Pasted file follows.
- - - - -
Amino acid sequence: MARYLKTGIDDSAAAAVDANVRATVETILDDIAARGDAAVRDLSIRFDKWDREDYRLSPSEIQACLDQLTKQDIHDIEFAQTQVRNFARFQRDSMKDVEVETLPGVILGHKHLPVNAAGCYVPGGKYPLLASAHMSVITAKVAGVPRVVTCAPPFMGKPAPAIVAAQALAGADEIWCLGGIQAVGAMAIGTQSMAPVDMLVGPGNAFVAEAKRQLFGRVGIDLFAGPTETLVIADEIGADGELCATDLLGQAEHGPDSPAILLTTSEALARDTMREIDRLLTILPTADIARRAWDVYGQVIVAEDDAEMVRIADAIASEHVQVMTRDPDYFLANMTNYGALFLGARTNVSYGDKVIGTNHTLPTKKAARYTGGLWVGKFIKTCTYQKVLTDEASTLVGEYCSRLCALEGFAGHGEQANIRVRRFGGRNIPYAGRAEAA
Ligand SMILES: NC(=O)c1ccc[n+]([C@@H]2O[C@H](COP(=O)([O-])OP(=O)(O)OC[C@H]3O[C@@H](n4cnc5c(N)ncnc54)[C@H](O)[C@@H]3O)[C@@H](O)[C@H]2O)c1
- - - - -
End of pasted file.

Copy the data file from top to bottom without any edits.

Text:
Amino acid sequence: MARYLKTGIDDSAAAAVDANVRATVETILDDIAARGDAAVRDLSIRFDKWDREDYRLSPSEIQACLDQLTKQDIHDIEFAQTQVRNFARFQRDSMKDVEVETLPGVILGHKHLPVNAAGCYVPGGKYPLLASAHMSVITAKVAGVPRVVTCAPPFMGKPAPAIVAAQALAGADEIWCLGGIQAVGAMAIGTQSMAPVDMLVGPGNAFVAEAKRQLFGRVGIDLFAGPTETLVIADEIGADGELCATDLLGQAEHGPDSPAILLTTSEALARDTMREIDRLLTILPTADIARRAWDVYGQVIVAEDDAEMVRIADAIASEHVQVMTRDPDYFLANMTNYGALFLGARTNVSYGDKVIGTNHTLPTKKAARYTGGLWVGKFIKTCTYQKVLTDEASTLVGEYCSRLCALEGFAGHGEQANIRVRRFGGRNIPYAGRAEAA
Ligand SMILES: NC(=O)c1ccc[n+]([C@@H]2O[C@H](COP(=O)([O-])OP(=O)(O)OC[C@H]3O[C@@H](n4cnc5c(N)ncnc54)[C@H](O)[C@@H]3O)[C@@H](O)[C@H]2O)c1